Californians over age 65 are now eligible for the coronavirus vaccine. The long lines at the vaccine centers show how eager people are to get protected. Many families are already making plans to see one another in person now that parents, grandparents, and the elderly in home care and in care homes will be ‘safe’. Unfortunately, it’s not quite time to throw COVID precautions to the wind, because the vaccinated aren’t virus-proof – they can still catch and spread COVID-19. Seniors, families, and caregivers in San Diego need to understand why getting vaccinated isn’t the end of the pandemic and its restrictions.

There are many reasons to continue to be cautious about coronavirus exposure. Some health authorities explain why:

  • The vaccine won’t prevent you from getting sick

The Mayo Clinic advises: “After you get both doses of a COVID-19 vaccine, it takes about two weeks for your body to build up protection. But even then, you could become infected with the virus that causes COVID-19. Keep in mind that the Pfizer-BioNTech COVID-19 vaccine is 95% effective in preventing the COVID-19 virus. The Moderna COVID-19 vaccine is 94.1% effective in preventing the COVID-19 virus. While your risk of getting the COVID-19 virus after being vaccinated is low, it is possible.

  • Vaccinated people might still be able to spread COVID-19 after getting vaccinated

Time Magazine reminds us: “If the shots turn out not to stop asymptomatic infections entirely, even your vaccinated parents could feasibly get your family sick if they picked something up while traveling to see you. Or, if you happened to be exposed to the virus, your parents could potentially carry it and pass it to others. And, while the authorized COVID-19 vaccines are very effective, there is always a tiny chance of them failing, leaving your parents at risk of illness.”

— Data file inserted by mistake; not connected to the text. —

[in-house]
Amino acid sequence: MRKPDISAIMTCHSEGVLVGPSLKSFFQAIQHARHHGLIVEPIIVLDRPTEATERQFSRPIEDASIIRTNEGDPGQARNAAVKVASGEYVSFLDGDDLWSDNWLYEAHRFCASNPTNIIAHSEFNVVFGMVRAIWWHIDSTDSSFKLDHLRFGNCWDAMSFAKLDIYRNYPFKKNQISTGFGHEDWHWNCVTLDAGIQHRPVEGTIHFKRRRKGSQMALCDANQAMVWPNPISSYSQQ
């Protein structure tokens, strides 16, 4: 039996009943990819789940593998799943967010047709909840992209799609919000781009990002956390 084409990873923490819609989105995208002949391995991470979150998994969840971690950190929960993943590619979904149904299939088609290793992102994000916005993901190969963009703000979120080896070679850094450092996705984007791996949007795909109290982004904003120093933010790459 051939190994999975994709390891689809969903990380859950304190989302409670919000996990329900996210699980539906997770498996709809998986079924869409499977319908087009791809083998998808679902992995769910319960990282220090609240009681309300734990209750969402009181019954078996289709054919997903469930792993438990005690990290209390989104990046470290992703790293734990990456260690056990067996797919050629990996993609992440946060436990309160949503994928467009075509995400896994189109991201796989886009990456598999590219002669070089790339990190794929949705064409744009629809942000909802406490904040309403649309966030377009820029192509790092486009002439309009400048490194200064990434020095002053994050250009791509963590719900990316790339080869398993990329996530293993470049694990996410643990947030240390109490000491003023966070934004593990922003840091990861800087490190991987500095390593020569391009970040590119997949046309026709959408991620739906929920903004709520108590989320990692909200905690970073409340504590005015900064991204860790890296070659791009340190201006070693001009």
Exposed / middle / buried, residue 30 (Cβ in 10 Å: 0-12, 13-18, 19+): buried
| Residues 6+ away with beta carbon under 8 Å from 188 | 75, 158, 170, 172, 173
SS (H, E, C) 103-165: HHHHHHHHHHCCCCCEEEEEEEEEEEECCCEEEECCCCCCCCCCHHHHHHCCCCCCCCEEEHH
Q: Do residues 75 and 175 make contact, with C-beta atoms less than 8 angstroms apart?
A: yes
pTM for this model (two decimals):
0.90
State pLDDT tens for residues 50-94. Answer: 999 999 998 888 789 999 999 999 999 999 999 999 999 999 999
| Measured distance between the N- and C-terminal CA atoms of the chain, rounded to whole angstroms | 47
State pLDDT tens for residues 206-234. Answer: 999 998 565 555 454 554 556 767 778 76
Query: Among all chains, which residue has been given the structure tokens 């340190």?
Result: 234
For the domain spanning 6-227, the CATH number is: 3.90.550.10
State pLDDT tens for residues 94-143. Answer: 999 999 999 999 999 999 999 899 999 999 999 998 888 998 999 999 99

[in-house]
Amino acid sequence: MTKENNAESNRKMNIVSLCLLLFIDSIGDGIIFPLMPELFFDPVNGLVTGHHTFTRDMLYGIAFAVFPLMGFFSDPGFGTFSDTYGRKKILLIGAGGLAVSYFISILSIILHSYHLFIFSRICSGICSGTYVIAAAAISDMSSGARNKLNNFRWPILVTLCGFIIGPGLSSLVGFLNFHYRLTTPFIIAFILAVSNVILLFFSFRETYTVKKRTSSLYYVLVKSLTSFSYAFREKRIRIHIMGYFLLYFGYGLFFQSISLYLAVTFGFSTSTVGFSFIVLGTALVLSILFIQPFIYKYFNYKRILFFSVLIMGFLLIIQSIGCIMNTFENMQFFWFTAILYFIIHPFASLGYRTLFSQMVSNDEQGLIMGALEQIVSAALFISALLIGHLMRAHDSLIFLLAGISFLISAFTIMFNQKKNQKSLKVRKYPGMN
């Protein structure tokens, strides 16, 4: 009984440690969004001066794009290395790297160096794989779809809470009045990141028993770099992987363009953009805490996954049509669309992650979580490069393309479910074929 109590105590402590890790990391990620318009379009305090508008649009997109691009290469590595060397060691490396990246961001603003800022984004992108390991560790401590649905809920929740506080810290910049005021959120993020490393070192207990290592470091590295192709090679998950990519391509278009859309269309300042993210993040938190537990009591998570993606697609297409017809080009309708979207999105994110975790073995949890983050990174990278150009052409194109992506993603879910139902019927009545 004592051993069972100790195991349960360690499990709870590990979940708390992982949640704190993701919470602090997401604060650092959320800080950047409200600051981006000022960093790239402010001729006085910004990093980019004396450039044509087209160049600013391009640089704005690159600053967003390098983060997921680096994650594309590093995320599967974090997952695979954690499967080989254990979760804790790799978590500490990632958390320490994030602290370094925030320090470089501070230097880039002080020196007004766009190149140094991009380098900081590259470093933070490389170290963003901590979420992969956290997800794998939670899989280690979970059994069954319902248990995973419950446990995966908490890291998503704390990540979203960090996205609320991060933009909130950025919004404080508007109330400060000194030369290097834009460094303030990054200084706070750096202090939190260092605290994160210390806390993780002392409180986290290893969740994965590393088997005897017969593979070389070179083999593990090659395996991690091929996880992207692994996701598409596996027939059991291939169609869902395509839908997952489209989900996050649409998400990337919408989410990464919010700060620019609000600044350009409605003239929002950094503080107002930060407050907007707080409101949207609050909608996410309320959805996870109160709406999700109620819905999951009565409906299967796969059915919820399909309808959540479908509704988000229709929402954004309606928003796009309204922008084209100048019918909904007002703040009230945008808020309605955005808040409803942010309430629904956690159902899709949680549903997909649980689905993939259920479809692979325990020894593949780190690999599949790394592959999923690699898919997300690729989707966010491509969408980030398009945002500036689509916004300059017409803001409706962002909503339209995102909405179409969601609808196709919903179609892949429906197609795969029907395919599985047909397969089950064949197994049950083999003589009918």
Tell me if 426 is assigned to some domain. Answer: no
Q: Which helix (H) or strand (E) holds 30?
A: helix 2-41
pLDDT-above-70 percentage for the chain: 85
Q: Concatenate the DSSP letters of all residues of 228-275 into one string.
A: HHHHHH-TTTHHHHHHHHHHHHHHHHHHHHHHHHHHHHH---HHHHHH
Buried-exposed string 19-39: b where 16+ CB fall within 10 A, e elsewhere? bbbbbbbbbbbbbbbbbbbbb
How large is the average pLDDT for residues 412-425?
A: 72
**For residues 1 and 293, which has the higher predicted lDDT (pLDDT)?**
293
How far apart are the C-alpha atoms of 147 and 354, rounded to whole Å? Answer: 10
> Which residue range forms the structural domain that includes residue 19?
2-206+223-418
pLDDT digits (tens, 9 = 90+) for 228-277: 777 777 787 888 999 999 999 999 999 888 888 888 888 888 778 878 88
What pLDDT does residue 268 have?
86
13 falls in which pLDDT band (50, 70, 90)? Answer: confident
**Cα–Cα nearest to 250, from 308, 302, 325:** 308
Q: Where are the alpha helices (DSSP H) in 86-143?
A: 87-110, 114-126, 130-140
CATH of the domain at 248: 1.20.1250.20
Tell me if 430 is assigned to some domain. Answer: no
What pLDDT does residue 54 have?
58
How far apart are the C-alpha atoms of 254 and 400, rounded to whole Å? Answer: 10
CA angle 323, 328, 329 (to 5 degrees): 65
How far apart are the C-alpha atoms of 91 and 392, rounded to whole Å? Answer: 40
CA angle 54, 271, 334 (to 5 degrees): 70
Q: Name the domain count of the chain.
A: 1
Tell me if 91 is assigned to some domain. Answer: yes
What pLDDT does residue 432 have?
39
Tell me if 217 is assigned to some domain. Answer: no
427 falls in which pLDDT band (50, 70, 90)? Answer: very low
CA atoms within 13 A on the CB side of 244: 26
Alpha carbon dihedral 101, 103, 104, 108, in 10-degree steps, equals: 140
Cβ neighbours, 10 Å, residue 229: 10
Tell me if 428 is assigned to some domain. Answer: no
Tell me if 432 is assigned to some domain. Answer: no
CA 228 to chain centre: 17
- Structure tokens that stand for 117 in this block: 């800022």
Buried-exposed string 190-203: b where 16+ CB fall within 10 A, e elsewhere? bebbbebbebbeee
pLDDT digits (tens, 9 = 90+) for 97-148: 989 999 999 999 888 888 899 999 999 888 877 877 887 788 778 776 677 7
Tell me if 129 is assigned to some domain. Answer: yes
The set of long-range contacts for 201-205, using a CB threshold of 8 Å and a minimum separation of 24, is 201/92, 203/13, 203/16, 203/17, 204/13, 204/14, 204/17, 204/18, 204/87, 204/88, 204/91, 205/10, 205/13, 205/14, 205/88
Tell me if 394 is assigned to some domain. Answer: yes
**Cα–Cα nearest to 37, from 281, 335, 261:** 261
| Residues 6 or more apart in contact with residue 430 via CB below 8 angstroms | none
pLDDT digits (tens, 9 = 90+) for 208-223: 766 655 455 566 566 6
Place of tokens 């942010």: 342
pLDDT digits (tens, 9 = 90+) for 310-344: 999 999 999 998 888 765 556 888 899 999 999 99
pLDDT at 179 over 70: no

• Children can’t get vaccinated yet, so vaccinated family members are still a risk to them

Per the Parents Magazine website: “’There are no vaccines currently available for children under the age of 16,’ says Dr. Sandra Adams, PhD, Virologist and Professor of Biology at Montclair State University. ‘Although children have not been shown to get as sick from COVID-19, it is still possible for them to catch the virus [themselves] and [also] unknowingly spread it.’ In other words, your kids could possibly contract the coronavirus from vaccinated family members.”

  • People who have had COVID-19 are not as immune as they think and still need to get the vaccine

The CDC confirms:At this time, experts do not know how long someone is protected from getting sick again after recovering from COVID-19. The immunity someone gains from having an infection, called natural immunity, varies from person to person. Some early evidence suggests natural immunity may not last very long.

  • Experts don’t know how long immunity from the vaccine will last either

The vaccine is simply too new for doctors to know if this initial vaccine will last a lifetime, or if yearly shots will be required. The flu shot is recommended every year because the flu mutates so much. Last year’s flu antibodies don’t match this year’s flu, which makes a new shot the best way to stay healthy. Only time will allow experts to determine if COVID-19 mimics this pattern or stays stable.

All the experts, including Dr. Fauci, advise that life in America won’t return to ‘normal’ until we’ve reached herd immunity. This means a minimum of 85% vaccination rate, possibly higher – too much is still unknown about how the vaccine works. Children, too. That may not be until the fall, assuming a child-approved vaccine becomes available soon. So what can you do? Continue to take the usual pandemic precautions, whether you’ve had the vaccine or not: maintain social distancing, stay home as much as possible, wear a mask, and wash your hands. If you must see family in person, stay outdoors, hug while keeping your faces turned away from one another, and reduce your exposure as much as possible. Don’t let down your guard, the vaccine won’t make you invincible!